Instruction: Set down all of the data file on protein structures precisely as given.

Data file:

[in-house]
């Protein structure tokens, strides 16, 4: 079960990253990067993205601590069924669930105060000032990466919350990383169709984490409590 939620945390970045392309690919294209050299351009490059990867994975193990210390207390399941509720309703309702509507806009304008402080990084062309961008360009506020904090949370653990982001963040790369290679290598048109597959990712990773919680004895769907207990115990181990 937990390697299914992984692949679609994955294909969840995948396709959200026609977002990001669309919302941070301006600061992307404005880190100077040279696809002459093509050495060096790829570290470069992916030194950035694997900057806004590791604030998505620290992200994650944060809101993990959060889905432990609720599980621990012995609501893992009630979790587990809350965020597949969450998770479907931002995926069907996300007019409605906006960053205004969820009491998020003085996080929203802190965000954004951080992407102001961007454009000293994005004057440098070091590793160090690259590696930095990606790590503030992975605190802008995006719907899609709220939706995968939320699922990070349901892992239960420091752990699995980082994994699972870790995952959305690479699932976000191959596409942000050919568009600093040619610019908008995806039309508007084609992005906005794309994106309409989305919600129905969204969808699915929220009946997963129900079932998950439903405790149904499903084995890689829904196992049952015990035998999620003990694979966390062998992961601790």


[in-house]
């Protein structure tokens, strides 16, 4: 079960990253990067993205601590069924669930105060000032990466919350990383169709984490409590 939620945390970045392309690919294209050299351009490059990867994975193990210390207390399941509720309703309702509507806009304008402080990084062309961008360009506020904090949370653990982001963040790369290679290598048109597959990712990773919680004895769907207990115990181990 937990390697299914992984692949679609994955294909969840995948396709959200026609977002990001669309919302941070301006600061992307404005880190100077040279696809002459093509050495060096790829570290470069992916030194950035694997900057806004590791604030998505620290992200994650944060809101993990959060889905432990609720599980621990012995609501893992009630979790587990809350965020597949969450998770479907931002995926069907996300007019409605906006960053205004969820009491998020003085996080929203802190965000954004951080992407102001961007454009000293994005004057440098070091590793160090690259590696930095990606790590503030992975605190802008995006719907899609709220939706995968939320699922990070349901892992239960420091752990699995980082994994699972870790995952959305690479699932976000191959596409942000050919568009600093040619610019908008995806039309508007084609992005906005794309994106309409989305919600129905969204969808699915929220009946997963129900079932998950439903405790149904499903084995890689829904196992049952015990035998999620003990694979966390062998992961601790």